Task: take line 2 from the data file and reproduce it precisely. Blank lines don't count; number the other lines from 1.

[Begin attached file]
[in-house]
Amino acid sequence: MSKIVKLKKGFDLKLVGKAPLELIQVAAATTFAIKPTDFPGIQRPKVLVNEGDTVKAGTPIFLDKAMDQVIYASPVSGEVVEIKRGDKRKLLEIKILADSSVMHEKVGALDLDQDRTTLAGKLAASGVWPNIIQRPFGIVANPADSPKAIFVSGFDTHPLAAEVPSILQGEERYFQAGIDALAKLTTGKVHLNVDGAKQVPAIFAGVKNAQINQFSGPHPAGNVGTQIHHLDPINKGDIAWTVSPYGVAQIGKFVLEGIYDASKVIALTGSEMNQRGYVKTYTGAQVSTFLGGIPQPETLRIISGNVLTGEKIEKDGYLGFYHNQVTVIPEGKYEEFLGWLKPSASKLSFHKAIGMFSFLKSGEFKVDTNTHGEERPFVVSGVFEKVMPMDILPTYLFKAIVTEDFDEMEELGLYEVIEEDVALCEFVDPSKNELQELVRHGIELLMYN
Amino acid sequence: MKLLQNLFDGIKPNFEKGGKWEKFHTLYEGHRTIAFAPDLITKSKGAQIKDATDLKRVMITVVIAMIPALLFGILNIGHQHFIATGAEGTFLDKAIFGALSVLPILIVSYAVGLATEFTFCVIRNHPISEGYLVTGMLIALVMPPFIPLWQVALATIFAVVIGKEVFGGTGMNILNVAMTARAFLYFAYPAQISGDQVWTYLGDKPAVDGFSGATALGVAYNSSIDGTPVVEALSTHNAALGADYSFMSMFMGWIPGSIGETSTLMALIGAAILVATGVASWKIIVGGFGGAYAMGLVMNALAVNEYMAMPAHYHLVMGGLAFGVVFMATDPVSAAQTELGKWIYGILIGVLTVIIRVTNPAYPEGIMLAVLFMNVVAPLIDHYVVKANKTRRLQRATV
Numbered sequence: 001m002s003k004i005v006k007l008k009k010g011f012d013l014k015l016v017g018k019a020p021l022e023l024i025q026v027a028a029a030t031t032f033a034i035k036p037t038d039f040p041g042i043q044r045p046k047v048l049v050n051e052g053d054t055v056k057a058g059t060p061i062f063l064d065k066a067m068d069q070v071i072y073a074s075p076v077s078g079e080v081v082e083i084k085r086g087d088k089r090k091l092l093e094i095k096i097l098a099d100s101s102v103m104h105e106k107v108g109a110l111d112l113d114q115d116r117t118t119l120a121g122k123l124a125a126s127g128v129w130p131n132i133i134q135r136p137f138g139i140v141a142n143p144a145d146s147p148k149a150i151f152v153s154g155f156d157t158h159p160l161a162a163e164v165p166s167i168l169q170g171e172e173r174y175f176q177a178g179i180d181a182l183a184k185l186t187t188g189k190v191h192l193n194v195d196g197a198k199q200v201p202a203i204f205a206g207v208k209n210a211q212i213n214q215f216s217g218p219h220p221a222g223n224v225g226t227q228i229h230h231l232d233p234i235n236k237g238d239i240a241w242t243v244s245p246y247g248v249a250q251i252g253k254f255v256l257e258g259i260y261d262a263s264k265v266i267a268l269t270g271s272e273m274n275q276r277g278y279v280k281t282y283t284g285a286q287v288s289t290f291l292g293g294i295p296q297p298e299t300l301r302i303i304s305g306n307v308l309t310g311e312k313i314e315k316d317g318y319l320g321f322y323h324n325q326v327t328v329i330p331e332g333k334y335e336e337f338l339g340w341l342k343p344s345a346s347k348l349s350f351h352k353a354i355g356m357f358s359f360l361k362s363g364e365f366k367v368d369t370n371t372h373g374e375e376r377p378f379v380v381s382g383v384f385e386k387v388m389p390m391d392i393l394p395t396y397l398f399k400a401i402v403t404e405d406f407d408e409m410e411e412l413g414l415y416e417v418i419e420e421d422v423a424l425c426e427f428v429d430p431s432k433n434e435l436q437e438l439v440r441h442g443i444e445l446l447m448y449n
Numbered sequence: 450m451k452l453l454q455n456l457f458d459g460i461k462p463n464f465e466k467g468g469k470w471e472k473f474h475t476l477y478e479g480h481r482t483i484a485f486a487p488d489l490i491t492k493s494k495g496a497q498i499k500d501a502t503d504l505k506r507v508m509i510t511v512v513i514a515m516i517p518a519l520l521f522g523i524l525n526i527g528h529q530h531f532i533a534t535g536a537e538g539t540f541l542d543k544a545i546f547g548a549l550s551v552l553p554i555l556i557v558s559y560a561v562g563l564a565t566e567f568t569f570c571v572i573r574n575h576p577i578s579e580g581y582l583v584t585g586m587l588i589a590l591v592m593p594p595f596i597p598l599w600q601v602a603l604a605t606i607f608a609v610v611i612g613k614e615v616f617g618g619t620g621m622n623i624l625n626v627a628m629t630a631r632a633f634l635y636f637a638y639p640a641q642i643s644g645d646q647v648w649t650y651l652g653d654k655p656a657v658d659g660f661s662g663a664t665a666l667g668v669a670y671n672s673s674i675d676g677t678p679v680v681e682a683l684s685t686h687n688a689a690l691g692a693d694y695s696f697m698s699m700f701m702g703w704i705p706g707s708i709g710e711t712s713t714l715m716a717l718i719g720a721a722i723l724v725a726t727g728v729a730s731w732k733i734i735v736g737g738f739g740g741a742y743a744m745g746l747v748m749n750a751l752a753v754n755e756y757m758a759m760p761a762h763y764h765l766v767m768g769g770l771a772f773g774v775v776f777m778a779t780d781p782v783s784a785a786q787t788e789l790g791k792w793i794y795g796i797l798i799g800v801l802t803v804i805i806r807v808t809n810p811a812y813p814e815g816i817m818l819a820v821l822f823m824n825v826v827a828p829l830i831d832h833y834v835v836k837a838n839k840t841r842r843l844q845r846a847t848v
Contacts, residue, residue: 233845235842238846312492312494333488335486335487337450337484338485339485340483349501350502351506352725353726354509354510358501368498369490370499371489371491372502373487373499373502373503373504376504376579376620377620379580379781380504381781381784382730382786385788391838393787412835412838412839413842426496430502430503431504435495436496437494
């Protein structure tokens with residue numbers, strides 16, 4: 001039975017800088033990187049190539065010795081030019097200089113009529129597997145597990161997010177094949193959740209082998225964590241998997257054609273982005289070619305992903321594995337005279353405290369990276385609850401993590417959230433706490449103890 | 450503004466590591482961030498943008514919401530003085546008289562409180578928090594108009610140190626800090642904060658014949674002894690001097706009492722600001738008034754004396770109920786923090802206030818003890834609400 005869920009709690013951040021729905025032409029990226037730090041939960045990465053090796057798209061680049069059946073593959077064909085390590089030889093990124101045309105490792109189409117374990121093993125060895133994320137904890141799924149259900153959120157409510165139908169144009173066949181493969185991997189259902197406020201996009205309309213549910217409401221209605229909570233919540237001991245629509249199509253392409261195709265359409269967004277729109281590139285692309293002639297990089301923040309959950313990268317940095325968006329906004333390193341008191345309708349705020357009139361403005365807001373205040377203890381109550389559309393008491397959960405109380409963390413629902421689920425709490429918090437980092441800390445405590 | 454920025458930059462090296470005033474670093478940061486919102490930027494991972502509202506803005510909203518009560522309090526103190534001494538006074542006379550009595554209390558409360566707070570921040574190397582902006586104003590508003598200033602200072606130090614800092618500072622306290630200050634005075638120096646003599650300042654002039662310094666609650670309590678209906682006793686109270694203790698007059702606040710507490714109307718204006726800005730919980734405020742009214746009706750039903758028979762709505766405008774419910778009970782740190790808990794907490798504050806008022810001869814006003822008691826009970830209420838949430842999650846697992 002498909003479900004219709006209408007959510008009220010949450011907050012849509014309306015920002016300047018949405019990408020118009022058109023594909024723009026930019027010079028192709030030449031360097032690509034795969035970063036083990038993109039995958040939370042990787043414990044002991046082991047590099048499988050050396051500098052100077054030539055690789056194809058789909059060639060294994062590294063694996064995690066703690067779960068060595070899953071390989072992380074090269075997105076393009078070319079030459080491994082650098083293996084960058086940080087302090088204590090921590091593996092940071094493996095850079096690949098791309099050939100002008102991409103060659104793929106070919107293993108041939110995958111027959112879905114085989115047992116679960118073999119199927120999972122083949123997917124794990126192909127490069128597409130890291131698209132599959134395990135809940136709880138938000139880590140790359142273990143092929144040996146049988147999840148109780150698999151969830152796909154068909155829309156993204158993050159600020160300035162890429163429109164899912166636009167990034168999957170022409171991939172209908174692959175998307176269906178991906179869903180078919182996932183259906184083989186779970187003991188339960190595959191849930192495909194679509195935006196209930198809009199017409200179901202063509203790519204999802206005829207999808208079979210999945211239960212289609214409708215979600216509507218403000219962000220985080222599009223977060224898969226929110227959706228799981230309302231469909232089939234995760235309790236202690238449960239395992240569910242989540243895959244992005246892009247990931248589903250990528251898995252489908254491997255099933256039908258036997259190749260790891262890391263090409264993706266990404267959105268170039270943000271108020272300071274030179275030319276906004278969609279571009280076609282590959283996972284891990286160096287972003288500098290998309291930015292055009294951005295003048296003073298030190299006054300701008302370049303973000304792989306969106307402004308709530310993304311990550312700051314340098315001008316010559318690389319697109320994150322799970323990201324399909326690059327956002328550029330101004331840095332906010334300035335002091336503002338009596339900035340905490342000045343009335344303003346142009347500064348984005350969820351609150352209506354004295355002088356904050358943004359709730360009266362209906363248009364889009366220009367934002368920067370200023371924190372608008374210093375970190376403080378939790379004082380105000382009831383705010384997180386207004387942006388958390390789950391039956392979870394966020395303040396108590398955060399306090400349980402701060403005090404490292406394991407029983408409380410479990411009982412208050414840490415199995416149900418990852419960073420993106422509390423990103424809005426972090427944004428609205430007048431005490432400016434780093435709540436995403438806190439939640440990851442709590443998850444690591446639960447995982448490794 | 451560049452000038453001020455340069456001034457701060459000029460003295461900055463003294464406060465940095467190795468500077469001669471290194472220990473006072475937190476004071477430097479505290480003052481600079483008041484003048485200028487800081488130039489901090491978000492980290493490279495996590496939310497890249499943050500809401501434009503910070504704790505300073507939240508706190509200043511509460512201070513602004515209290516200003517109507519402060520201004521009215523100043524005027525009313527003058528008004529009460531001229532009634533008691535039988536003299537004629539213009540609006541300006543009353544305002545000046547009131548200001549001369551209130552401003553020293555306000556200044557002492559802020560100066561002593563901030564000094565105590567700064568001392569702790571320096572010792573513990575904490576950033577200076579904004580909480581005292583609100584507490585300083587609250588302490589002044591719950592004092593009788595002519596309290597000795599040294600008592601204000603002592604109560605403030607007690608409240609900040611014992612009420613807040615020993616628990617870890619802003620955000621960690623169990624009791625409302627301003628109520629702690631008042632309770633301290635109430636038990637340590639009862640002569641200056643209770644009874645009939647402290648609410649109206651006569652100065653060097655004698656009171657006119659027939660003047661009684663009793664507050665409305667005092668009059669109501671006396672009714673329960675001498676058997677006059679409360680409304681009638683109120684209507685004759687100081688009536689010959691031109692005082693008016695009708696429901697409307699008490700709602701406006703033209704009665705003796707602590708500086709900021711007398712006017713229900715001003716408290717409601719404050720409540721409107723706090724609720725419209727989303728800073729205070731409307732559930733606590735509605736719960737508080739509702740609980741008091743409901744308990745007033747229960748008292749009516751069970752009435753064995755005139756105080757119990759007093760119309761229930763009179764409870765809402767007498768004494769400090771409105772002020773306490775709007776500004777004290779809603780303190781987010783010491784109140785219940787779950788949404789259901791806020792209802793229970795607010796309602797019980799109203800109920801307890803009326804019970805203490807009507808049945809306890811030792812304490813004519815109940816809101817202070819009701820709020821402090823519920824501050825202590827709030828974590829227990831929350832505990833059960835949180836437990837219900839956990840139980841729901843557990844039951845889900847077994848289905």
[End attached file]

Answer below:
Amino acid sequence: MSKIVKLKKGFDLKLVGKAPLELIQVAAATTFAIKPTDFPGIQRPKVLVNEGDTVKAGTPIFLDKAMDQVIYASPVSGEVVEIKRGDKRKLLEIKILADSSVMHEKVGALDLDQDRTTLAGKLAASGVWPNIIQRPFGIVANPADSPKAIFVSGFDTHPLAAEVPSILQGEERYFQAGIDALAKLTTGKVHLNVDGAKQVPAIFAGVKNAQINQFSGPHPAGNVGTQIHHLDPINKGDIAWTVSPYGVAQIGKFVLEGIYDASKVIALTGSEMNQRGYVKTYTGAQVSTFLGGIPQPETLRIISGNVLTGEKIEKDGYLGFYHNQVTVIPEGKYEEFLGWLKPSASKLSFHKAIGMFSFLKSGEFKVDTNTHGEERPFVVSGVFEKVMPMDILPTYLFKAIVTEDFDEMEELGLYEVIEEDVALCEFVDPSKNELQELVRHGIELLMYN